Last winter’s harsh weather complicated transportation conditions nationwide, resulting in delays and shortages in everything from food to fuel. These supply chain disruptions were simply glimpses into what could become the new normal. There are structural changes in domestic shipping’s operating environment that likely will result in decreased capacity over the long term.
Distressed infrastructure, increasingly long and variable shipping and transit times, as well as growing inventories resulting from transportation uncertainty, are putting significant strain on individual manufacturers. Meanwhile, economic and regulatory factors will all but eliminate any excess capacity in the system. This is all in an environment in which the number of truck drivers has decreased.
Midsize businesses are being put in an increasingly precarious position. Going forward, shippers will have less control of their costs and will need to make additional accommodations to maintain confidence that capacity will be available when they need it. Meanwhile, key cornerstones of transportation capacity, such as trucking and rail, are poorly positioned to meet growth in demand as the economy picks up.
What does this mean for shippers? First, it means demand and competition for transportation assets is increasingly heated, putting transportation service providers in the driver’s seat in terms of setting price and availability. Capacity is becoming a bottom-line business concern that can’t be ignored, especially among companies without the buying power of the largest shippers.
Second, it means businesses relying on freight transportation are finding that shipping costs are becoming an increasingly unpredictable line item. For now, most businesses have transportation contracts in place, but even those that do are seeing a 3 to 5 percent increase in the cost of those contracts.
So how can a company that’s not among the nation’s top-tier shippers guarantee ongoing access to shipping while keeping costs at reasonable levels?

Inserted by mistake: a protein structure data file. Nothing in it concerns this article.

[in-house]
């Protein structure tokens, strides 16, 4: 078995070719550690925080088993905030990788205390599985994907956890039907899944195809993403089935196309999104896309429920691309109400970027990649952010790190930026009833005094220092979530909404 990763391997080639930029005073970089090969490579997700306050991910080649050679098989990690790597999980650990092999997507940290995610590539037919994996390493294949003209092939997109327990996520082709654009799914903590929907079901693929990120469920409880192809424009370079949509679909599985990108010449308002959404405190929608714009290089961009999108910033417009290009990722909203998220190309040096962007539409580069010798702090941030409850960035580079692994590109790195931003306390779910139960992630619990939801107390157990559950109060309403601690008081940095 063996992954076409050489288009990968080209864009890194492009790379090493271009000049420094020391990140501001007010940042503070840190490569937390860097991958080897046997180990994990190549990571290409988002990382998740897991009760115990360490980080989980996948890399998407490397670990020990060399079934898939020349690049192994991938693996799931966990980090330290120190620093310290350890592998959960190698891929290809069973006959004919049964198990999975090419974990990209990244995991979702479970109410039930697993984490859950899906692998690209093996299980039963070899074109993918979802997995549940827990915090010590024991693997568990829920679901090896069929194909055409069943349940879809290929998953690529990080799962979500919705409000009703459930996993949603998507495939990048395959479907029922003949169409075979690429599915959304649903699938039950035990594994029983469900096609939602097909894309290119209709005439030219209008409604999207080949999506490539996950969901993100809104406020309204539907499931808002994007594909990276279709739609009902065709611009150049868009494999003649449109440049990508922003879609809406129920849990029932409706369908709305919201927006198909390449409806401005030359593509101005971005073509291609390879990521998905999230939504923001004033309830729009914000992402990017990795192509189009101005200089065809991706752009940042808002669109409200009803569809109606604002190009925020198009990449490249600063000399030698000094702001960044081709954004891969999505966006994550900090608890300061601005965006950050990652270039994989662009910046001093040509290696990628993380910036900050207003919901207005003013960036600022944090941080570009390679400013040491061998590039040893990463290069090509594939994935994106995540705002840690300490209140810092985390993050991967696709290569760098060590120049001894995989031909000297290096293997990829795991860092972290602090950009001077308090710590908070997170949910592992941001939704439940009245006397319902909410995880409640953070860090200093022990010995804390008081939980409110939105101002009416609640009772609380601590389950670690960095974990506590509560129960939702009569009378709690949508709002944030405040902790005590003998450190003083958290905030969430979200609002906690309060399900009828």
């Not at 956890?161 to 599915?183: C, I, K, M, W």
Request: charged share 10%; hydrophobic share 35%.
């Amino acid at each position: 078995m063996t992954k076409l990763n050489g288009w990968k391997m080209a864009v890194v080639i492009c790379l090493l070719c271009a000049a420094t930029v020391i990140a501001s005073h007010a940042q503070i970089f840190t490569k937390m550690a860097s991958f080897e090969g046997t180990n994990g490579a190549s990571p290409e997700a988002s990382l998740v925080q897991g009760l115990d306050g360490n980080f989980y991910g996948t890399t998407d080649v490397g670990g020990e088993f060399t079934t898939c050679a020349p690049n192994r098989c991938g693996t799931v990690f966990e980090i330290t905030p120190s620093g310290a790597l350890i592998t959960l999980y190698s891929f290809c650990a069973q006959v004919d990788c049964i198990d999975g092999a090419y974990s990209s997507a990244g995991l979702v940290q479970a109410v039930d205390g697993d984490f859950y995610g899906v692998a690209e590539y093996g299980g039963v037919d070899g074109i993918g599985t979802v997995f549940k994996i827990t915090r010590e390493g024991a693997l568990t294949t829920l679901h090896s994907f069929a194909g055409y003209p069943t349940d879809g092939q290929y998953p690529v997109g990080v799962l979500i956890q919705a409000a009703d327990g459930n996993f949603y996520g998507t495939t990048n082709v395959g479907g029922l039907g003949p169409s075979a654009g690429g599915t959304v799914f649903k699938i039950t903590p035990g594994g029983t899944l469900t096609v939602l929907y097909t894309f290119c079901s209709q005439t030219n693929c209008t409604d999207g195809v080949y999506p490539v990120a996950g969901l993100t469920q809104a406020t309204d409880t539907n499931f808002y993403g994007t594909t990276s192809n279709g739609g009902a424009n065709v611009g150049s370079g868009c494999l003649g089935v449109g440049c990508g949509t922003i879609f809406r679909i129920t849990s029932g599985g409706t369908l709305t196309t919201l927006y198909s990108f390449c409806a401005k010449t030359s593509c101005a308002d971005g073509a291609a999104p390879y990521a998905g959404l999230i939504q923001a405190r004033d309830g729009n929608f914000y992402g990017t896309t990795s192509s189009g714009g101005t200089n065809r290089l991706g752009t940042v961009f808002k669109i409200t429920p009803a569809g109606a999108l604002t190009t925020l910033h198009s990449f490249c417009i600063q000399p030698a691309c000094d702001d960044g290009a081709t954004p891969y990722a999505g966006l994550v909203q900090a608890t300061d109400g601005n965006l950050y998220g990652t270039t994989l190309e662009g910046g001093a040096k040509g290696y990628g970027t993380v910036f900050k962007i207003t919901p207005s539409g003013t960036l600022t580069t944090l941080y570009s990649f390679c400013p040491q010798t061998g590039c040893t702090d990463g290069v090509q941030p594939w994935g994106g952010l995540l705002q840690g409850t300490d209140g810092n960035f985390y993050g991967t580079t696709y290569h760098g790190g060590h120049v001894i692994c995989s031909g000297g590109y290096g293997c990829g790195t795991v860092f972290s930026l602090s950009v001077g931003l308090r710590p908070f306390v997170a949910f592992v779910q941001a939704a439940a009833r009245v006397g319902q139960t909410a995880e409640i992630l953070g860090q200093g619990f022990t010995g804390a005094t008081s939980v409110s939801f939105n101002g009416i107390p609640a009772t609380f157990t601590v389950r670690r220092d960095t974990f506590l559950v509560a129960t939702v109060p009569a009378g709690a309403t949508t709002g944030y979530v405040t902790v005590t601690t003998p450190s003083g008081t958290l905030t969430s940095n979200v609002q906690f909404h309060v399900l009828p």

There are several approaches to this problem, but the bottom line is that CEOs need to have a plan in place today for what lies ahead, a plan that takes into account the pros and cons of time and costs involved in a particular course of action. Shippers might consider several options.
The first option is to do nothing. You can sit tight, especially if you have flexibility in shipping times
or are prepared to take what the market gives you when or if you require a more demanding shipping deadline. This can save short-term costs, but it also requires assuming the risk of changes in the capacity cycle that could put you in the position of paying more for less in the future.
The second option involves restructuring or rethinking internal logistics strategies. Boosting resources and responsibility of internal logistics operations can establish a sustainable and predictable platform, not just for current capacity challenges but for those that lie ahead as well.
Steps you could take include expanding your logistics team or investing in advanced supply chain software options. You might make strategic real estate investments that place your goods closer to their destinations or explore different modes of transportation, such as intermodal. These decisions could require investments in time, talent and capital, but also could position you well for future tightening in capacity and a rise in transportation costs.
The third option is to form strategic partnerships, which can give companies access to more and bigger capacity resources — pooling demand to create economies of scale and accessibility and reduce risk. This approach could increase rates per shipment, but also could result in long-term money savings in efficiency, reliable transportation access and productivity.
Finally, the fourth option would be outsourcing to a third-party logistics company. Such service providers can help shippers increase their buying power by combining their needs with those of other organizations. Because of the increased volume, logistics companies can command more capacity and better pricing. This comes at a cost, however. An assessment should be conducted to determine if such costs would be offset by the reduced price of each individual shipment.
All this being said, we must be keenly aware that there are no one-size-fits-all answers. But there is no doubt about one thing: For the foreseeable future, all shippers will need to start considering transportation capacity as a factor in their business planning and strategy.
Ken Kramer is senior vice president of the Mid-Corporate Transportation Group at BMO Harris Bank in Chicago. Contact him at email@example.com.